Presque Isle Harbor
Review and History

Presque Isle Harbor is an unincorporated community on the western shores of Lake Huron in Michigan. In French, Presque Isle means "almost an island" or "peninsula." Much of Presque Isle Harbor is located on the peninsula separating Lake Huron from Grand Lake to the west.

Presque Isle Harbor is about 50 nautical miles (83 kilometers or 52 miles by air) southeast of the Port of Cheboygan. It is over 213 nautical miles (344 kilometers or 214 miles by air) north-northwest of the Port of Detroit. In 2010, almost 1400 people lived in Presque Isle Harbor.

Port History
Before Europeans came to the future Presque Isle Harbor area, the indigenous Ojibwe (or Chippewa) people lived there. These Anishinaabe-speaking people came to the Presque Isle Harbor area from eastern North America and the east coast. They were successful traders with well-established trade routes to the east and to the west coast. By the end of the 16th Century, the Ojibwe controlled a large area in today's Michigan, Minnesota, and northern Wisconsin.

The first contacts between the Ojibwe and Europeans were in trade for guns with French traders. During the French and Indian Wars, they fought with the French. After the British victory, the Ojibwe allied with England against the United States during the War of 1812.

The United States soon began to move the Ojibwe from the Presque Isle Harbor area. When US soldiers killed hundreds of Ojibwe in the Sandy Lake Tragedy, Americans began to oppose removal of the indigenous people. Many Ojibwe could return to their homelands and live on reservations. Today, over 56 thousand Ojibwe live in the United States in an area stretching from Michigan to Montana.

In 1836, Ojibwe lands were ceded to the United States by treaty. The next year, Michigan became a state. In 1871, Presque Isle County was formed. Isolated and with few roads, most of the early settlers made their homes on Lake Huron's shoreline.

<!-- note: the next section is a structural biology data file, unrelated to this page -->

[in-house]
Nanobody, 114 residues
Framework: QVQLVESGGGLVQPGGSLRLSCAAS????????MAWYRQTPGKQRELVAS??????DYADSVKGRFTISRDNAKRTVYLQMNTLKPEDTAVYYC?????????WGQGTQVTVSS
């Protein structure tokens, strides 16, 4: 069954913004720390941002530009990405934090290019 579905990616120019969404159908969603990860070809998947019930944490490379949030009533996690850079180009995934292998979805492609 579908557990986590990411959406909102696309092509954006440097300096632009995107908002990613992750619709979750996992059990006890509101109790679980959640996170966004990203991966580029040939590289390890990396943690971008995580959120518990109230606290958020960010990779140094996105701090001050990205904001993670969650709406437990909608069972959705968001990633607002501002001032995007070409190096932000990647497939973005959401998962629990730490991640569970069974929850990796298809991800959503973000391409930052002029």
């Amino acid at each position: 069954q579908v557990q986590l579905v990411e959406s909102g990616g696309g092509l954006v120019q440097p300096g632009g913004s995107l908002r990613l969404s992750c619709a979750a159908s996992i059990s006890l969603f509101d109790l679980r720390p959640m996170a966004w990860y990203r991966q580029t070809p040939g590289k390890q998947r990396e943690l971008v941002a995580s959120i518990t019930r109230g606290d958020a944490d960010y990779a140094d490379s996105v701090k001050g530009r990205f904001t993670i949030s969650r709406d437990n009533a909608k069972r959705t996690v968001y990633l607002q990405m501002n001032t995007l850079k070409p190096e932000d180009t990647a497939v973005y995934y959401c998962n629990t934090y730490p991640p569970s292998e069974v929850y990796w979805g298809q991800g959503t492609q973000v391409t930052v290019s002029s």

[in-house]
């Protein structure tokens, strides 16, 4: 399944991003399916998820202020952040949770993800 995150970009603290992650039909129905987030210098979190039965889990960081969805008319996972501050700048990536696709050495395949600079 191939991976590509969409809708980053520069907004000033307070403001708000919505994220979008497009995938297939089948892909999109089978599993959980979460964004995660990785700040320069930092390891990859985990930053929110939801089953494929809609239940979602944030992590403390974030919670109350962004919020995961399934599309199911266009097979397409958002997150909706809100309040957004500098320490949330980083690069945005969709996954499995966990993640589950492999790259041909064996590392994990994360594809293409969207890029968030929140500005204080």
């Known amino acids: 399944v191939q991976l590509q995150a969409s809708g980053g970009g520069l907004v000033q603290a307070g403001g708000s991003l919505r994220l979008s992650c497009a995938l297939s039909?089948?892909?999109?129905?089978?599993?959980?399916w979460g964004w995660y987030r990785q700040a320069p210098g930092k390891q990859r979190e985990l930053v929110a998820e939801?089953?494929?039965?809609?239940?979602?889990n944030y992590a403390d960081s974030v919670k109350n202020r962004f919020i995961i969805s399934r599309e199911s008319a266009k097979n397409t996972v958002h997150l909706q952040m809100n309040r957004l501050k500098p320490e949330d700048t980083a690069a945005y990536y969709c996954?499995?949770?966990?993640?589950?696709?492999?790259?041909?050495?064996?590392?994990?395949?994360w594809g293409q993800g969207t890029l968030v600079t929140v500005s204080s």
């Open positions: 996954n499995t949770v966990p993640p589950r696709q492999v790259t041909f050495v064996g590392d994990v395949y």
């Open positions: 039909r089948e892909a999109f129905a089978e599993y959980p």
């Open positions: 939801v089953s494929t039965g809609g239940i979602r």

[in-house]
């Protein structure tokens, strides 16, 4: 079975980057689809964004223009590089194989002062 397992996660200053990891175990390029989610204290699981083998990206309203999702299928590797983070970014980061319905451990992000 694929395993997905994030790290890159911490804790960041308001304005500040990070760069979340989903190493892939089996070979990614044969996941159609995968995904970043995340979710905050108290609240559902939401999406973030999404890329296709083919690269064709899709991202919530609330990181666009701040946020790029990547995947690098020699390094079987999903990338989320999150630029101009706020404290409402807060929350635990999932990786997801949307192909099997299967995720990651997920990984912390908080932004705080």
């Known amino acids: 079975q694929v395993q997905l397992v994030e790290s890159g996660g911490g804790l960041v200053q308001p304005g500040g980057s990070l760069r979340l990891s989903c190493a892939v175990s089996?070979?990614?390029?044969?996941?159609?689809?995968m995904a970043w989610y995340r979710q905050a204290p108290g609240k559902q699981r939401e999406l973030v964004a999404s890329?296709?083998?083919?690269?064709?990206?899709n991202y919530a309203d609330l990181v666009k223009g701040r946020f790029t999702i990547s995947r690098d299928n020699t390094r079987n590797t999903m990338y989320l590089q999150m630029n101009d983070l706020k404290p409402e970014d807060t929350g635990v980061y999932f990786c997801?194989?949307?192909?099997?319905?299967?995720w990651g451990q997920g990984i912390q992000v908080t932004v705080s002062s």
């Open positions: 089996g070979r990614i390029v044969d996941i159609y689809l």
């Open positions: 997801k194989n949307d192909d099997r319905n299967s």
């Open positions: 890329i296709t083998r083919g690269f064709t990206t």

Presque Isle Harbor, however, gave mariners a safe place to go during Lake Huron storms, and the surrounding forests provided wood to fuel steamboats. By the time Burnham's Landing was established in the southern part of Presque Isle Harbor in 1954, the port was thriving.

Lighthouses were critical for navigation on the Great Lakes and for early settlers. Presque Isle Harbor was home to two lighthouses. The Old Presque Isle Light was constructed in 1840 and then rebuilt in 1870. The new Presque Isle Harbor Light is Lake Huron's tallest.

Presque Isle Harbor's early industries were based on natural resources like mining, lumber, and fishing. Until harvesting white pine became a busy industry in the late 19th Century, little development took place in Presque Isle Harbor. Lumbering pine continued to be the mainstay of Presque Isle Harbor's economy until the supply of white pine was exhausted around the end of the 1800s. Harvesting of hardwood and swamp timbering continued into the late 1920s. The 1930 US Census reported a population of 77 people living in Presque Isle Harbor.

In the late 19th Century, Presque Isle Harbor's Grand Lake area was the first part of the county to actively seek tourism. Resort hotels were built on the Lake shores. Before good roads were brought to the Presque Isle Harbor area, steamboats brought most tourists to the area. Today's Presque Isle Lodge and Fireside Inn survive from the era when lake resort development was beginning.

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